Sunflowers follow the sun. The flower slowly turns to face the sun during daylight, at least until the seeds grow heavy and cause the head to droop downward. This plant movement is called heliotropism and occurs for certain flowers.
A company with roots in Austria models an unusual solar collector on the behavior of sunflowers, a device called Smartflower (smartflower.com). Instead of a rectangular array of solar panels placed on a rooftop, the flower-like collector is circular and positioned on the ground. There are twelve panels, or petals, which open at sunrise and close at sunset or during strong winds. The sliding motion of the panels includes brushes which remove dust and debris, a problem with traditional solar arrays. A GPS interface causes the Smartflower panels to track the sun directly with a high efficiency of solar energy capture. The outward diameter of the available array is 16 feet and the cost is about $27,000 with several options.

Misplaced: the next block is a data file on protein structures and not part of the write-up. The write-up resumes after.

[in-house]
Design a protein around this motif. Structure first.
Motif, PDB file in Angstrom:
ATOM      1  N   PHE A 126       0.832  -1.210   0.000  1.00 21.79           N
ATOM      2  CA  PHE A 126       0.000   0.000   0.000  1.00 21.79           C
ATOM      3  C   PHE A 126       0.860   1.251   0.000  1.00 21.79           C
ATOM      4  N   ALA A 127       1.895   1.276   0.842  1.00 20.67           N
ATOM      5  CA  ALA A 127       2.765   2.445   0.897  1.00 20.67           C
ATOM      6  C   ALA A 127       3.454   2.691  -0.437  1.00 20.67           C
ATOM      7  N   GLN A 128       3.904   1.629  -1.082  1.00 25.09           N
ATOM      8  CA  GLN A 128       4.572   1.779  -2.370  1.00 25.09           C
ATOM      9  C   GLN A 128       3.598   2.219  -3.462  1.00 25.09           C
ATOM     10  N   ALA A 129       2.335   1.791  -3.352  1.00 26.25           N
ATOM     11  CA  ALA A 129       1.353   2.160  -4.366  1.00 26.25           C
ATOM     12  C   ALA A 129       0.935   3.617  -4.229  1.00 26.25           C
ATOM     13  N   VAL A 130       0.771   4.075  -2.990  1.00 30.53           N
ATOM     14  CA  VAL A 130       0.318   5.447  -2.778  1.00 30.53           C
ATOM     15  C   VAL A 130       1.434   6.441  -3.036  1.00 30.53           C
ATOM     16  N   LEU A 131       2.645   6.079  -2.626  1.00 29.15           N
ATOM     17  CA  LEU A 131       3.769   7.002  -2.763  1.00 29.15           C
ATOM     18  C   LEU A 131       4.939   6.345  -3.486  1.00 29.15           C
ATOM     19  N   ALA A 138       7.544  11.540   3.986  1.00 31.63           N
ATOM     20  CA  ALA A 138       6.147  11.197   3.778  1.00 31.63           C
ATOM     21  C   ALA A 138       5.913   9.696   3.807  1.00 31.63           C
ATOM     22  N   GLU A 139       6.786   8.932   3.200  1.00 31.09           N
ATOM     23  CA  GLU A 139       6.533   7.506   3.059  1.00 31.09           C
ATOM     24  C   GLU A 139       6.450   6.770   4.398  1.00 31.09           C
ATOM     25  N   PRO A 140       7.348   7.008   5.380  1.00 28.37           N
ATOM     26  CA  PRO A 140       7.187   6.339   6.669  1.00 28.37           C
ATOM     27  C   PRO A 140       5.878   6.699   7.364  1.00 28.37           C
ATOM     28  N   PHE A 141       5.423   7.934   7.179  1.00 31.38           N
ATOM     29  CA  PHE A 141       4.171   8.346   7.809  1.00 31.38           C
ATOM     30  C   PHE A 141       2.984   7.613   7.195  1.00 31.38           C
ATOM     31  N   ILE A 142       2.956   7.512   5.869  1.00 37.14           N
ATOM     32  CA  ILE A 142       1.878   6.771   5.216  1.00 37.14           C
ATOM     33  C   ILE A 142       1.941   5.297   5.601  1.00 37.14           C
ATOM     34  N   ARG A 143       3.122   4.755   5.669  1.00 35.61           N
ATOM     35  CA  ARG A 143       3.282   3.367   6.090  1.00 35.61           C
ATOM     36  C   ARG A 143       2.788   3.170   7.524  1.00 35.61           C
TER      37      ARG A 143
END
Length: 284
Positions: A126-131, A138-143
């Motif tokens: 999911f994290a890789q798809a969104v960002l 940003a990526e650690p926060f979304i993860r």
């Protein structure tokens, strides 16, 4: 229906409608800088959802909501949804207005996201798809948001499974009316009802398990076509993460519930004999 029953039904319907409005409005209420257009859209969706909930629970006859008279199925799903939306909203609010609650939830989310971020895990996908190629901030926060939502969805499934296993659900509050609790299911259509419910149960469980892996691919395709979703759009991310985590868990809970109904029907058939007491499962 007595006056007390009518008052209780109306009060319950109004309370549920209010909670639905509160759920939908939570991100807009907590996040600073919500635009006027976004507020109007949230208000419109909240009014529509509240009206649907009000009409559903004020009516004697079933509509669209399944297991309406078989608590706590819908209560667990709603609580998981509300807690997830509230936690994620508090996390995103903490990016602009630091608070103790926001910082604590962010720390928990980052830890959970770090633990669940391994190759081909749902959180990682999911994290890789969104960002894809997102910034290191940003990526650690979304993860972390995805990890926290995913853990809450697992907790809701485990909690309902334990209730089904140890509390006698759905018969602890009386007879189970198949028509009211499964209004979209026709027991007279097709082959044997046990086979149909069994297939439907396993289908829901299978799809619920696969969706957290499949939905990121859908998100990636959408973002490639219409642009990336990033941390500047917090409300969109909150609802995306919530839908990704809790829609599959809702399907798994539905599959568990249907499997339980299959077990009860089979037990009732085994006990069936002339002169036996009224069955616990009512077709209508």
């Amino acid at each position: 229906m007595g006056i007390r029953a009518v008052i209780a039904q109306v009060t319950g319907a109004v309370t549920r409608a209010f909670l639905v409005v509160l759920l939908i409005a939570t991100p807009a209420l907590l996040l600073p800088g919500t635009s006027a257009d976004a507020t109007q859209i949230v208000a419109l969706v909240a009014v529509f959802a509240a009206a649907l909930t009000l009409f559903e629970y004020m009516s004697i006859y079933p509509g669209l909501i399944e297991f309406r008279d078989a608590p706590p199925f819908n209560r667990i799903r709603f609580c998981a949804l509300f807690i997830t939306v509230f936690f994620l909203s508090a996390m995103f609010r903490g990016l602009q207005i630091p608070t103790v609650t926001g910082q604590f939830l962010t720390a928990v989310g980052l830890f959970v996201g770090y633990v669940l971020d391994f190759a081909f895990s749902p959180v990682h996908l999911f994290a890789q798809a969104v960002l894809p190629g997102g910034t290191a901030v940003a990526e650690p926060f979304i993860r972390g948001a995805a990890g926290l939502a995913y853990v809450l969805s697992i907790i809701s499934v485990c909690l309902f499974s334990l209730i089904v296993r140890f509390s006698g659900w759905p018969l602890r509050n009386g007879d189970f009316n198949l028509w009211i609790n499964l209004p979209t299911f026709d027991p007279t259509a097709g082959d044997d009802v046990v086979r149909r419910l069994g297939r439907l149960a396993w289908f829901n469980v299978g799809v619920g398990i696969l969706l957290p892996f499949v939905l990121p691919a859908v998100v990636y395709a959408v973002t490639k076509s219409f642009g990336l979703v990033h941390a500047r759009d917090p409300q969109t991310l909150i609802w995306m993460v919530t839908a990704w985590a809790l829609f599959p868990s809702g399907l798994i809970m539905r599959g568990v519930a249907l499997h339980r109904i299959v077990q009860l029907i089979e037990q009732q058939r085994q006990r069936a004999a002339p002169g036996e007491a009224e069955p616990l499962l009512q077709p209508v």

The new solar collector design is artistic, similar to sunflowers. Plants first appeared on Day 3 of the Creation Week according to Genesis 1:11-12. They have processed sunlight through history and only in recent decades have we learned to duplicate their ability.